Prepositions of Time

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Prepositions of Time :

We use AT with a particular time such as a clock time or a meal time.

1. at 5 o’clock
2. at 2.35
3. at lunchtime
4. at lunch
5. at noon
6. at midnight
7. at sunrise
8. at sunset
9. at that time
10. at the moment

We also use AT with short holiday periods.

1. at Christmas

but….on Christmas Day

2. at the weekend

American English….on the weekend

We use ON with a day or date.

1. On Monday
2. on 10th July

We use IN with longer periods (maths, seasons and years).

1. in October
2. in summer
3. in 2011
4. in the morning
5. in the evening
6. in the dining-hall

We also use IN with a part of a day.

1. in the morning
2. in the afternoon
3. in the evening

We say….in the night…but…at night (without “the”).

We use on with a day + a part of the day.

1. on Monday morning
2. on Friday afternoon
3. on Sunday evening
4. On the coming Friday
5. On the forthcoming hoildays

We do not normally use at, on or in with next, last, this and every.

1. The book will come out next month.
2. We saw the exhibition last Sunday.
3. I am very busy this week.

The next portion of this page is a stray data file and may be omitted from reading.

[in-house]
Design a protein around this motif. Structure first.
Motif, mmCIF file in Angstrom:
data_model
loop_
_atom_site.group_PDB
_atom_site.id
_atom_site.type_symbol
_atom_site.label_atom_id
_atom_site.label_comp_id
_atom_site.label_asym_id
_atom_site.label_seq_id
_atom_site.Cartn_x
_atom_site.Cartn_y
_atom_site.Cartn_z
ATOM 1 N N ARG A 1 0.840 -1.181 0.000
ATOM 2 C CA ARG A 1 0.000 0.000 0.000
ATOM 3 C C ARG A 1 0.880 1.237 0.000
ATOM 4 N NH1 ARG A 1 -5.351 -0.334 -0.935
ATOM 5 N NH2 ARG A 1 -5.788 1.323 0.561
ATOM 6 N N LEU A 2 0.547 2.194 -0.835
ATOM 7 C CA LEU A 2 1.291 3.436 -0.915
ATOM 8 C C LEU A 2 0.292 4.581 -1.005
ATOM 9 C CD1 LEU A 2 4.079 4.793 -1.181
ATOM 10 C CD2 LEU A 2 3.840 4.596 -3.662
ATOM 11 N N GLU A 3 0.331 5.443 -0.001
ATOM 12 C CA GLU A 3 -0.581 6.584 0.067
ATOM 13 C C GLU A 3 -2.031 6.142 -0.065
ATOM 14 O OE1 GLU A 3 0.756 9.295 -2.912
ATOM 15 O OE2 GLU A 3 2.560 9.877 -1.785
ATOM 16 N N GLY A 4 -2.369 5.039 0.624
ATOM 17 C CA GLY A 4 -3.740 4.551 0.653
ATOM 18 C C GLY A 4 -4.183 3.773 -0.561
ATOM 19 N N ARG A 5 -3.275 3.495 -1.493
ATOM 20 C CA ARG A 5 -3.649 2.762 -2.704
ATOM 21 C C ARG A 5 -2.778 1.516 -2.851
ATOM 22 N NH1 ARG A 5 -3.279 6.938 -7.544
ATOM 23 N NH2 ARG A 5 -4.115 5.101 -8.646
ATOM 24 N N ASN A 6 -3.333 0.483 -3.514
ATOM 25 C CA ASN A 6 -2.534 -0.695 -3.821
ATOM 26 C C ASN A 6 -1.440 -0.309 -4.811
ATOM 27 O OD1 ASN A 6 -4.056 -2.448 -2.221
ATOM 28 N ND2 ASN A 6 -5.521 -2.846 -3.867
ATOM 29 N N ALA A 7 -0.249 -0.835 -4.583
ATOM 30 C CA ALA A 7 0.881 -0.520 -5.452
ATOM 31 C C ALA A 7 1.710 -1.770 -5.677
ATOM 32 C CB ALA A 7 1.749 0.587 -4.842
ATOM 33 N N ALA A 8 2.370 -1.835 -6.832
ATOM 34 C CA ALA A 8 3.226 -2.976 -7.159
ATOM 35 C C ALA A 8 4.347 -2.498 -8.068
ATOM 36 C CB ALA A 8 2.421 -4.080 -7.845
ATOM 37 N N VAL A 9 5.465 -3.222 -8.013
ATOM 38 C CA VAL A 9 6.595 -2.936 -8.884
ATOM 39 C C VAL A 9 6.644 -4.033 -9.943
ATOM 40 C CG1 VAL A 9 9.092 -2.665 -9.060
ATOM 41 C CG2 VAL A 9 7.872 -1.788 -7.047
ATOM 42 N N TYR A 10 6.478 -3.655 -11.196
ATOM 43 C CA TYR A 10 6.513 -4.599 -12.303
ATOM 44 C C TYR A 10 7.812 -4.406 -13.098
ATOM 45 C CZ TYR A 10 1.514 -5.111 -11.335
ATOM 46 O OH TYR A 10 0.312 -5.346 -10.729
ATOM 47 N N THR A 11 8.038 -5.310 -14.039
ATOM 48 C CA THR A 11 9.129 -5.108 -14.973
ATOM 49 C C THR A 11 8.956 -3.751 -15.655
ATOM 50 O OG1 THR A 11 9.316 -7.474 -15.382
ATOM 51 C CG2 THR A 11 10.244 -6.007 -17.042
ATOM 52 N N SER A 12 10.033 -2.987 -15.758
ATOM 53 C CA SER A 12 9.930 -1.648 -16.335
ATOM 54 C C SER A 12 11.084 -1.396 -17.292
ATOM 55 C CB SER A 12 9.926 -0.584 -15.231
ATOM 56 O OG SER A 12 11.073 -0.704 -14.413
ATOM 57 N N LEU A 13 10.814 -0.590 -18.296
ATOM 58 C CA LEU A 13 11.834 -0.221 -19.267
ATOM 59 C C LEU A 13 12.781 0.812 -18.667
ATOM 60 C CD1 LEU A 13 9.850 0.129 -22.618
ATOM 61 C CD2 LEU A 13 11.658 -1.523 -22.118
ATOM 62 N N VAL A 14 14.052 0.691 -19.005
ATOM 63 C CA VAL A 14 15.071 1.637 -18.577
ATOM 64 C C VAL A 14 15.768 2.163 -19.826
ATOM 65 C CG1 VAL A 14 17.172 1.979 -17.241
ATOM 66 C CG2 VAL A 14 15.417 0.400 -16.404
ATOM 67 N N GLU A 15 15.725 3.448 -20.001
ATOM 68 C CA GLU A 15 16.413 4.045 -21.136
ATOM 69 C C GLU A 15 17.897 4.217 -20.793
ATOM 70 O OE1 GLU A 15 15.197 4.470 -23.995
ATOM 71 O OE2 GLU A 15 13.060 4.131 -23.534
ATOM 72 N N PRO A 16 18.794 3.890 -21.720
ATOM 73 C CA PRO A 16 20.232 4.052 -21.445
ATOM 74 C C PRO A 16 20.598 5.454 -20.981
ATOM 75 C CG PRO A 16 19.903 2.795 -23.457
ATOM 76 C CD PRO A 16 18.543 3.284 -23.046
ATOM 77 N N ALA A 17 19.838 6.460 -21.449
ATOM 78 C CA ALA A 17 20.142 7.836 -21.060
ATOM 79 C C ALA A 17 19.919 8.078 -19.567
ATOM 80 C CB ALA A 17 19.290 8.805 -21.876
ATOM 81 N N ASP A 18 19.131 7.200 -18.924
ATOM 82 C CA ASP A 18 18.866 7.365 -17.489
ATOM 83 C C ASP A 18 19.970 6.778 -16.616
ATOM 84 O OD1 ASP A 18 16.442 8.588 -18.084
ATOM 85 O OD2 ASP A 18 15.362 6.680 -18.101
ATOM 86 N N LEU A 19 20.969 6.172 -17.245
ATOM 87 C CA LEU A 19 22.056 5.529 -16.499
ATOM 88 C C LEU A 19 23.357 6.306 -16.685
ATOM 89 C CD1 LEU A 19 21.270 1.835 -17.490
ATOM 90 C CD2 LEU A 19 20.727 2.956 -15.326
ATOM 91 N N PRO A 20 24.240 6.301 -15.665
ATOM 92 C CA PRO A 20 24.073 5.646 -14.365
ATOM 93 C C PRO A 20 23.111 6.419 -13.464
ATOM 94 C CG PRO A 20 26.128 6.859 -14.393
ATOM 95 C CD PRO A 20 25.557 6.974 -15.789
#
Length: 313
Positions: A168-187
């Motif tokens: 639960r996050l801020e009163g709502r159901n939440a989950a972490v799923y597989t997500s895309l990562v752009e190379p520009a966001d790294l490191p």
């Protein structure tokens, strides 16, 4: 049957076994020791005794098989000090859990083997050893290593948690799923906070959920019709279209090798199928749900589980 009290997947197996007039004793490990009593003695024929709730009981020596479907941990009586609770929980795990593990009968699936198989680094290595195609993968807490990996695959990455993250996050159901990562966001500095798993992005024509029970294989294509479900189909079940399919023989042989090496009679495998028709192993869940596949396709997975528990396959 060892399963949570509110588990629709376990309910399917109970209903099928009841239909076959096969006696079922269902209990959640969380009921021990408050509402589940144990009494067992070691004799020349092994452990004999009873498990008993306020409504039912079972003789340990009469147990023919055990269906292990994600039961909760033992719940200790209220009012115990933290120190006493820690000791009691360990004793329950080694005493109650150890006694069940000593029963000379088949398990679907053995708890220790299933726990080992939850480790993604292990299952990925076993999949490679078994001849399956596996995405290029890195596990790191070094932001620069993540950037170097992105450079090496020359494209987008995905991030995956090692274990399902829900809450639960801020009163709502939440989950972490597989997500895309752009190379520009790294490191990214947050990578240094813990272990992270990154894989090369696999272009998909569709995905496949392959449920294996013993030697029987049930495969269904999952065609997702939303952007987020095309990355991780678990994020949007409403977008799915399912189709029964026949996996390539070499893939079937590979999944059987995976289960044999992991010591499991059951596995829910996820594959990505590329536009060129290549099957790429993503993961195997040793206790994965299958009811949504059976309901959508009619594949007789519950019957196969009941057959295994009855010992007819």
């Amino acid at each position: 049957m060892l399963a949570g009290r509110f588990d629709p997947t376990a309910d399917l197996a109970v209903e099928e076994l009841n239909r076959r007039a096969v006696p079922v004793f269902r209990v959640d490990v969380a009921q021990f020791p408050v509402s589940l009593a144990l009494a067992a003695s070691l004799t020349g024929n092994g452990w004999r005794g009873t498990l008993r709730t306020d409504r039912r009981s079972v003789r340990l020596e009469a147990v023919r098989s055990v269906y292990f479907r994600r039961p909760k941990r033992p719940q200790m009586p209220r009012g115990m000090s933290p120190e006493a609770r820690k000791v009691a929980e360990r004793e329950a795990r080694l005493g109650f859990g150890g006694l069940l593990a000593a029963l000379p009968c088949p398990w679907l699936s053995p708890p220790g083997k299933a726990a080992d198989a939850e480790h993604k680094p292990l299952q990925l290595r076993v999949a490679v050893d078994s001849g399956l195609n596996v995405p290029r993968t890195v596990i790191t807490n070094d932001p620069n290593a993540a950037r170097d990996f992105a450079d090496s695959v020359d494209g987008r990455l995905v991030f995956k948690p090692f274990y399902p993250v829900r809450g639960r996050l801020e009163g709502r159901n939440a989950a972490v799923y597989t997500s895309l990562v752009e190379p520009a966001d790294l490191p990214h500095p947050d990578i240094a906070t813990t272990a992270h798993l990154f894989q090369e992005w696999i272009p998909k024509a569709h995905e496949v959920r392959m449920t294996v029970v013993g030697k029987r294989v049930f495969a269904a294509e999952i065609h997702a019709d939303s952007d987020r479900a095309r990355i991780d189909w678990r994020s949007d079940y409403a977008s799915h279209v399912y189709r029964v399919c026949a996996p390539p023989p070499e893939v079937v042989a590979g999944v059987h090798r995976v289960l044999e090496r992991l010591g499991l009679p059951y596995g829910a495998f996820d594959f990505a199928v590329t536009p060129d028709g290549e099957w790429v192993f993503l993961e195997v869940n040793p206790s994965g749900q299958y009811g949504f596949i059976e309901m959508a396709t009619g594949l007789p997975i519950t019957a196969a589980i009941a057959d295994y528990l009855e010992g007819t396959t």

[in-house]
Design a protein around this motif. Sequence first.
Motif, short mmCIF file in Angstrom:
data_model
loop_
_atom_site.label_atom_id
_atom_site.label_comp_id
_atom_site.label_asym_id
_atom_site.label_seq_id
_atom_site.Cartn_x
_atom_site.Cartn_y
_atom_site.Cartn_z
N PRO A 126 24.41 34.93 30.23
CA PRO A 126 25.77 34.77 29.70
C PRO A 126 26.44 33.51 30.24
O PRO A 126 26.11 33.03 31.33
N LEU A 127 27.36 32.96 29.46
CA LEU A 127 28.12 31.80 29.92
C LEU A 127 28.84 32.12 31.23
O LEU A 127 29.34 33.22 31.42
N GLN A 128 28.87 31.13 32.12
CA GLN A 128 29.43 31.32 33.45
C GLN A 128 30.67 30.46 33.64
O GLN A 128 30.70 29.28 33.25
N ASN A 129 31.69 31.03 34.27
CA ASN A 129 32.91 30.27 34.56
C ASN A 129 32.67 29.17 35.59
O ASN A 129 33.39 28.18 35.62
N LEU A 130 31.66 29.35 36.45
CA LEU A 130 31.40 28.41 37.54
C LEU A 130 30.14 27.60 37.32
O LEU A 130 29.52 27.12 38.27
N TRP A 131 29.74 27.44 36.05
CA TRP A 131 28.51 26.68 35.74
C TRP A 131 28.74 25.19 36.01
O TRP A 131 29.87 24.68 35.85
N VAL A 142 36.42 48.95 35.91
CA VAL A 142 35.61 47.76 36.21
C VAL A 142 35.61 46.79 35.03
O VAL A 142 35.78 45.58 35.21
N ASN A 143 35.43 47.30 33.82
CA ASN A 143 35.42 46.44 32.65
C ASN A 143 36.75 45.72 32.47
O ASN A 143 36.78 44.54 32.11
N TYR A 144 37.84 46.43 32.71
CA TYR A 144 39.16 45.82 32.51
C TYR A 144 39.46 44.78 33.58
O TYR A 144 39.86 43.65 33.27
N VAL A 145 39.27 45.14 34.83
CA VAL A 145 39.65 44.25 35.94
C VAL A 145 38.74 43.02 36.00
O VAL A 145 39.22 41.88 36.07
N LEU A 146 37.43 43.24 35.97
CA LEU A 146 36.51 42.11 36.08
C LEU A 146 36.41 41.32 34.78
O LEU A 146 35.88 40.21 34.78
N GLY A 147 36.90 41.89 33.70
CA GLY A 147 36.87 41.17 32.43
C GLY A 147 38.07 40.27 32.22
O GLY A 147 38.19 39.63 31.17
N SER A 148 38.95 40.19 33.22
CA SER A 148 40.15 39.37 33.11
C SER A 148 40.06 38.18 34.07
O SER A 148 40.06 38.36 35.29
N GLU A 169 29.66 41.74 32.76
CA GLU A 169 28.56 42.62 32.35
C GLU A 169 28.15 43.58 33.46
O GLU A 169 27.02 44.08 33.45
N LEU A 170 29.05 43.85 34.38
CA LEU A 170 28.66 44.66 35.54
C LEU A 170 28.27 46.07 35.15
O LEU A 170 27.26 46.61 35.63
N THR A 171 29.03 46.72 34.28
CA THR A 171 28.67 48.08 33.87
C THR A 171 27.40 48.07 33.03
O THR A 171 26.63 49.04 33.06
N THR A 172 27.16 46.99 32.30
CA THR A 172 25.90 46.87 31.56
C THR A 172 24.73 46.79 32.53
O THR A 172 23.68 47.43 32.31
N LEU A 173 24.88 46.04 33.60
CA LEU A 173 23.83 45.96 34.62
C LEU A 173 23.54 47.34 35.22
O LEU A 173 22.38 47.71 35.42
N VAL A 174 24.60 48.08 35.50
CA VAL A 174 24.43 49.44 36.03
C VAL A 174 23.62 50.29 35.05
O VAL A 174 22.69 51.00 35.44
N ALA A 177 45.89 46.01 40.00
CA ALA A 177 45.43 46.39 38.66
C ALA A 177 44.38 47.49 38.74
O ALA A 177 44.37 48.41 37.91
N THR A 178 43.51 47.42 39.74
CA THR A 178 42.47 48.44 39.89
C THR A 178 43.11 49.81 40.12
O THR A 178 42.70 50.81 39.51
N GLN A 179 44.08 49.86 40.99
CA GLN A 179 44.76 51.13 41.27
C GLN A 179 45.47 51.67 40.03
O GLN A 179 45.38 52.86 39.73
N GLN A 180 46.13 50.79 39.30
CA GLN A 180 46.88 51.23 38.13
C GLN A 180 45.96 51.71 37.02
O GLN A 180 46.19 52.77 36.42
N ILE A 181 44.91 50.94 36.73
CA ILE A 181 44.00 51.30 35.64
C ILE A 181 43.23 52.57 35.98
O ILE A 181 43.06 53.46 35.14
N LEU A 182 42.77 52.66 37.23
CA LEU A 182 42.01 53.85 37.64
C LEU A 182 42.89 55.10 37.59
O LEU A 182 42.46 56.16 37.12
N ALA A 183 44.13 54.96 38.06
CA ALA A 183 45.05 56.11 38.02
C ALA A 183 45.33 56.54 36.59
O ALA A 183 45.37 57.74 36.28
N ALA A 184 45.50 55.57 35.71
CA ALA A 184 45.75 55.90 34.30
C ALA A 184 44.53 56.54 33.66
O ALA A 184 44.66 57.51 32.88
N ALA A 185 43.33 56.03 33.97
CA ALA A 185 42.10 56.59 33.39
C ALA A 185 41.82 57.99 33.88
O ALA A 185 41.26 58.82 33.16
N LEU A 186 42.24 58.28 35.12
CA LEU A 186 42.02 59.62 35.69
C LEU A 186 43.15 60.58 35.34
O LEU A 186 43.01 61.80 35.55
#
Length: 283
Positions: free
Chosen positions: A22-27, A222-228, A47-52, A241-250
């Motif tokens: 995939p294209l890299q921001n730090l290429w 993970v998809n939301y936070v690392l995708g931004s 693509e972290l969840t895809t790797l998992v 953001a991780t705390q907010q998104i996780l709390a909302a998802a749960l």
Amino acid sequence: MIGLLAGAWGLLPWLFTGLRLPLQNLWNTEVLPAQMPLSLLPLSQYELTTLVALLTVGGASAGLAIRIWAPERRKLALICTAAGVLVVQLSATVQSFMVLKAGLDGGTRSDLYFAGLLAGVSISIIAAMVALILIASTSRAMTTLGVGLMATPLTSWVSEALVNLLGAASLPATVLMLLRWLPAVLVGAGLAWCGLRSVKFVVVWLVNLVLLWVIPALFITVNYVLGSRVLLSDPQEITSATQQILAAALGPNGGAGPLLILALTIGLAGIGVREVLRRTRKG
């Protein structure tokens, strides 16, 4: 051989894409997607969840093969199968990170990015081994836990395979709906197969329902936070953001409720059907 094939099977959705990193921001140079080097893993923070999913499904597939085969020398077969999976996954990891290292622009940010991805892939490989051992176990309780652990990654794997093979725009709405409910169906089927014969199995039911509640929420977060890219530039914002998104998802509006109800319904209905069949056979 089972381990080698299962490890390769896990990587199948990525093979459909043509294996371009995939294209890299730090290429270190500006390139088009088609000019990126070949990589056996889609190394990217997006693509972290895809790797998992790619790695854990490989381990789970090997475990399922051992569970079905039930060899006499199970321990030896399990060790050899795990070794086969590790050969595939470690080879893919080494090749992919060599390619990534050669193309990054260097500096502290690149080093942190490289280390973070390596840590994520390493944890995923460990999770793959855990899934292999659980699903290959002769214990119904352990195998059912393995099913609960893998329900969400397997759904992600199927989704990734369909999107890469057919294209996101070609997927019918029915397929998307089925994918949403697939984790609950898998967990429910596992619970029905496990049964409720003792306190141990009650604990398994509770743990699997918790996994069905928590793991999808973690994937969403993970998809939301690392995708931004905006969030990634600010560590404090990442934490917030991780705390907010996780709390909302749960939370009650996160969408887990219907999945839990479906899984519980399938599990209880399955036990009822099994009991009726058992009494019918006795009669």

4. We go to Ooty every summer.

We do not put a preposition before “home” when we use a verb of movement.

1. We got home late.
2. The children ran home.

When we talk about position, we say at home.

1. I was at home all day.

Note the use of SINCE and FOR in the perfect tenses as in the following sentences.

1. It has been raining since 9.30.
2. I have known him for six years.

SINCE and FOR are often confused.
We use SINCE to say when something started.
We use FOR to talk about a length of time till now.

1. Since 8 O’clock
2. Since yesterday
3. Since 10th of June
4. Since 2009
5. Since my childhood
6. For four hours
7. For two days
8. For five months
9. For a long time
10. for a period of one month
11. for ages together
12. For ages

Prepositions of Time

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